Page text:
Now, up till now, if you’ve been on track with me till now, you would simply say, “It can’t be because we’ve seen in irresistible grace and total depravity, and so far in John, that God’s enabling us to believe is based upon his election, not the other way around.” However, let’s just hold that and let this text have its say and ask, “But could this mean that?” And if so, then we might have to adjust everything else we’ve seen so far.
A Primer on Foreknowledge
Now let me do two things. Let me give you a little biblical primer on the kind of knowing that may be meant here and probably is, and then look contextually at something here that won’t let it work that way. Here are some texts on the kind of knowing that’s implied.
Now Adam knew Eve his wife, and she conceived and bore Cain, saying, “I have gotten a man with the help of the Lord” (Genesis 4:1).
This kind of use of the word know is not uncommon in the Bible. To know is to have a relationship with, connect with, or, in this case, have sex.
Here’s the significant one. In Genesis 18:17–19, the Lord said:
Shall I hide from Abraham what I am about to do, seeing that Abraham shall surely become a great and mighty nation, and all the nations of the earth shall be blessed in him? For I have chosen (known, yadá) him, that he may command his children and his household after him to keep the way of the Lord by doing righteousness and justice . . .
Now, that’s the ESV translation, but it’s the Hebrew word yadá, which would be, “I have known him that he may command his children and his household after him, to keep the way of the Lord by doing righteousness and justice.” There God is saying, “I have known him that he may do this.” So knowing there is virtually synonymous with election as this translation is suggesting.
Then Amos 3:2 says to Israel:
You only have I known
of all the families of the earth;
therefore I will punish you
for all your iniquities.
What does he mean when he says, “I’ve only known Israel. I don’t know Midian, and I don’t know the Canaanites. I don’t know the Jebusites, I don’t know Moab, and I don’t know Edom. I just know you”? What does he mean by that?
The answer is, “I’ve only formed a relationship with you.” The closest thing we have in English might be the word acknowledge. If we have a discussion here and I say, “I acknowledge you,” what I mean is that I choose you to speak next. If everybody has their hand up and I acknowledge you, that’s the closest I can think of to the use of the word know or the stem know in English to this kind of knowing. To acknowledge is to set one’s awareness on someone in a choosing way.
Knowing Beyond Knowledge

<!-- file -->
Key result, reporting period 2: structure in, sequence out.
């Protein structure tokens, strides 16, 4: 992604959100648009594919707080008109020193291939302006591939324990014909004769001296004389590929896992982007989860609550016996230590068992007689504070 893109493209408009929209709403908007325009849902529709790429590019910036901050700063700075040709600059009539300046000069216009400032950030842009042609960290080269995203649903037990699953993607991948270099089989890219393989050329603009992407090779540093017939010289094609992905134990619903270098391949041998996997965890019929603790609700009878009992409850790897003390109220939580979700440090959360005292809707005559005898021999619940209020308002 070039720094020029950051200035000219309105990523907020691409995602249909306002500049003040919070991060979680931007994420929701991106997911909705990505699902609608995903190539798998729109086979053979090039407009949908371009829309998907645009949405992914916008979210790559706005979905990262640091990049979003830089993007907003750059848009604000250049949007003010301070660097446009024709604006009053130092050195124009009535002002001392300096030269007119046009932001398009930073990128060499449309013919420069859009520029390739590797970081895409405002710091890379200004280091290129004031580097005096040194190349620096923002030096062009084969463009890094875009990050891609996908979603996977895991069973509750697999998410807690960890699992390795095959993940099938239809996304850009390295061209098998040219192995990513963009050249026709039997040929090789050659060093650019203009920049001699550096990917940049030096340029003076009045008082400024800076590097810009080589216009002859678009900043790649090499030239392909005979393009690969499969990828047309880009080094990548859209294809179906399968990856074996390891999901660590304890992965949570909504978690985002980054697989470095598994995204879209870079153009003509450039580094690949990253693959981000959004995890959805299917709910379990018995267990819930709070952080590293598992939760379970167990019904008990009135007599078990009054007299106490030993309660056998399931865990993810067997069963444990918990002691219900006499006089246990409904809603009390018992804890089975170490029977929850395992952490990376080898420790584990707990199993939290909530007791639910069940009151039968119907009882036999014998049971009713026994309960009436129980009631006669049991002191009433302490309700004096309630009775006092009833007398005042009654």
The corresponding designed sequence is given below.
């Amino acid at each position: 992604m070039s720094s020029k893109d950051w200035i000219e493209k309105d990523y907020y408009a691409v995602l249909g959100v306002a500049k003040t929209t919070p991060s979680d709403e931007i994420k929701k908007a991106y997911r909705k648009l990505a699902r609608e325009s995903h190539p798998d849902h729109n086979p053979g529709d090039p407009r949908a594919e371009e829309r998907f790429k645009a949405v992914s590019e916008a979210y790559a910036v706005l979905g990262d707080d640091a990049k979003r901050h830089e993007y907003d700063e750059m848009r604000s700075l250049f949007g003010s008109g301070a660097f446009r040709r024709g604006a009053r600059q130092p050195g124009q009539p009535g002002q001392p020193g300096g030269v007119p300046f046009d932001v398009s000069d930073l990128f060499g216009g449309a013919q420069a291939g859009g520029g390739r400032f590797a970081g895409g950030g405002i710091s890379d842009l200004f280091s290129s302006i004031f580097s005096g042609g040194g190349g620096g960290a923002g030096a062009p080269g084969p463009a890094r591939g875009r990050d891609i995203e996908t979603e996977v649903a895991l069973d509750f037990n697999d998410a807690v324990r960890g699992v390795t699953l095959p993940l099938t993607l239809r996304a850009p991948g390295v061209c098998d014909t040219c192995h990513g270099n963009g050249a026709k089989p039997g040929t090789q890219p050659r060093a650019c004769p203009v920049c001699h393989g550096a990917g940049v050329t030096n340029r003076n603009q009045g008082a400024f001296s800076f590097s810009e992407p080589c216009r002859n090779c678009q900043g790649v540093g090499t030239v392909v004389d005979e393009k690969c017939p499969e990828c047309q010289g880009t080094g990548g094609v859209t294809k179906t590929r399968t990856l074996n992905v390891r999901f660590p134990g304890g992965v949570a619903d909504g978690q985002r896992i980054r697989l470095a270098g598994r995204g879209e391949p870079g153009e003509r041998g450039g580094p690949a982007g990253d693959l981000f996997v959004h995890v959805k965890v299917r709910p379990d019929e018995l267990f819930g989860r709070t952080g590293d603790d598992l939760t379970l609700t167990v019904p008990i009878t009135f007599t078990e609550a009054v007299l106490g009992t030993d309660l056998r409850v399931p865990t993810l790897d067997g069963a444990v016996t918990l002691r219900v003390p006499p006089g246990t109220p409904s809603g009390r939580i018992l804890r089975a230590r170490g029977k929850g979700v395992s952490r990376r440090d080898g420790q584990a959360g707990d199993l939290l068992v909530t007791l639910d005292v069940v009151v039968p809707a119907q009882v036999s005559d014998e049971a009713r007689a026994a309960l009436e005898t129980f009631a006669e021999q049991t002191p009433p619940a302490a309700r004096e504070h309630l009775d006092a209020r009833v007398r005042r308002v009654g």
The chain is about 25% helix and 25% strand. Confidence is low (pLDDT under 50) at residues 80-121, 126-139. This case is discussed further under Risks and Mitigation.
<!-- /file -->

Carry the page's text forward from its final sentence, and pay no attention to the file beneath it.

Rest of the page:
It’s hard to do it in English, but there it is several times in Hebrew. Here’s one more from Psalm 1:3–6:
He is like a tree
planted by streams of water
that yields its fruit in its season,
and its leaf does not wither.
In all that he does, he prospers.
The wicked are not so,
but are like chaff that the wind drives away.
Therefore the wicked will not stand in the judgment,
nor sinners in the congregation of the righteous;
for the Lord knows the way of the righteous,
but the way of the wicked will perish.
Now, what does that mean? It doesn’t mean he’s unaware of the way of the wicked. So awareness is not the issue here with this kind of use of the word know. It is relationship and acknowledgment. It means you see and you put your knowledge, your consciousness, your relational choosing upon something. The Lord knows the way of the righteous. He attends to it. He acknowledges it. He owns for his own.
Foreknowledge and Election
Now, let’s go back to Romans. We should at least consider the possibility when it says here, “Those whom he foreknew, he predestined,” that it means those whom he acknowledges, those whom he chose.
Then the word predestined is not equal to election. It never does mean election. Predestination means you are destining the elect for a certain future, and in this case, it is conformity to Jesus. My interpretation of this (Romans 9:29) is that foreknow here is synonymous with election. Those whom he chose, those whom he foreknew, he predestined. Now, are there any clues in the text to that effect? Here is the clearest one to me. You have to let yourself now feel the entire flow of the text so that you’re reading along. You have other things Paul has said in the book in your mind, or in 1 Corinthians, especially about the call of God. Let me remind you of 1 Corinthians 1:22–23, which says:
For Jews demand signs and Greeks seek wisdom, but we preach Christ crucified, a stumbling block to Jews and folly to Gentiles, but to those who are called, both Jews and Greeks, Christ the power of God and the wisdom of God (1 Corinthians 1:22–24).
That means the call effected the view of the cross as true, powerful, beautiful, and no longer a stumbling block, and no longer foolishness. It’s the call that did that. The call creates sight. The call creates life, as it was when Jesus said, “Lazarus, come forth” (John 11:43). That’s the kind of call that is meant by Paul when he speaks of the call to salvation.
God’s Effectual Calling
Now keep that in mind, and we read on:
For those whom he foreknew he also predestined to be conformed to the image of his Son . . . And those whom he predestined he also called, and those whom he called he also justified . . . (Romans 8:29–30).
Everything up until now in Romans has taught one thing about justification: It is by faith alone. Romans 5:1 says:
Therefore, since we have been justified by faith, we have peace with God through our Lord Jesus Christ.